Health and Fitness in the Workplace: Health Education in Business Organizations

Health and Fitness in the Workplace: Health Education in Business Organizations

Health and Fitness in the Workplace: Health Education in Business Organizations

Health and Fitness in the Workplace: Health Education in Business Organizations


Bringing together some of the most respected leaders from industry, academe, and government, this volume deals with the growing field of health education in the workplace. Examining the essential components of health education programs, Health and Fitness in the Workplace addresses critical issues relating to their implementation, evaluation, and promotion. This excellent collection of original essays demonstrates that when industry incorporates health programs into the work environment such programs directly result in the well-being of employees, in addition to low absenteeism, high morale, and low insurance costs.


Samuel H. Klarreich

Is half a glass of orange juice half full or half empty? Specialists in wellness promotion might say that it is half full. Specialists in illness prevention, however, might say that it is half empty. Is there a correct answer? Not really. Specialists in their respective fields of endeavor recognize what is before them, but their particular perspectives might differ.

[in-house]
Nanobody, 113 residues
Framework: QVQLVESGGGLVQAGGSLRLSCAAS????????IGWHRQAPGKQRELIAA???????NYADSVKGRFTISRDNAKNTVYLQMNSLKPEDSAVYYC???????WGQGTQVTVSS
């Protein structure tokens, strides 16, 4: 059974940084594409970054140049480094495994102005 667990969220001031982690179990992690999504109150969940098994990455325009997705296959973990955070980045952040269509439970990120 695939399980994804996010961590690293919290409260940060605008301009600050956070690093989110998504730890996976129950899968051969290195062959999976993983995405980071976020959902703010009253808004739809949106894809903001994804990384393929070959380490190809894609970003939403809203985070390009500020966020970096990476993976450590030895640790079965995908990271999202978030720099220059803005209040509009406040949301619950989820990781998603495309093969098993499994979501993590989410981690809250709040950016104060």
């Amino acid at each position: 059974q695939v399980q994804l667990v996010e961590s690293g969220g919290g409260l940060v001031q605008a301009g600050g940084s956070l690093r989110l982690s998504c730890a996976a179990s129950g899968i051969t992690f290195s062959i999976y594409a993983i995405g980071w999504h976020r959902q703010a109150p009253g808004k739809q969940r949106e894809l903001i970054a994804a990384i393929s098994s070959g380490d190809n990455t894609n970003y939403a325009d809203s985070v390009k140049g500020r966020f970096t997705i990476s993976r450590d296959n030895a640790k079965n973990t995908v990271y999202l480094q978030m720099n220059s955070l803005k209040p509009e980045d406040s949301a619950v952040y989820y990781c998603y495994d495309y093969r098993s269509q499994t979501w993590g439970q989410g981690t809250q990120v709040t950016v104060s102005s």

What is very exciting, however, is that both perspectives exist. Both wellness promotion and illness prevention are flourishing today more than ever before.

This phenomenon, called health education, health promotion, fitness, and, most recently, wellness, has been occurring in the workplace and has been hailed as a boon to industry as well as to society in general. the movement, as it expands in leaps and bounds, has brought together many talented professionals who have the basic goal of bringing primary health care to business and industry.

Industry with its watchful eye has incorporated health programs into its environment for both humanitarian and economic reasons. Corporations increasingly realize that such programs are beneficial to the health and well-being of its employees. Smoking cessation programs are regarded as a vehicle to reduce the risk of various pulmonary and cardiovascular problems. Fitness programs are recognized as a method to augment physical and emotional well-being. Back injury control programs are seen as an approach to reduce serious injuries and to improve safety records. Stress management programs are viewed as a tool to control stress-related disorders.

Corporations increasingly recognize that a healthier and happier workforce has better morale, is more innovative, is more efficient, and is more productive. It also is less absent, is less ill, and experiences fewer accidents. the "bottom line" is that it saves businesses considerable insurance dollars and replacement costs. Government and health officials clearly appreciate that proactive corporations who establish their own health programs in an attempt to create a healthier work force are assisting . . .

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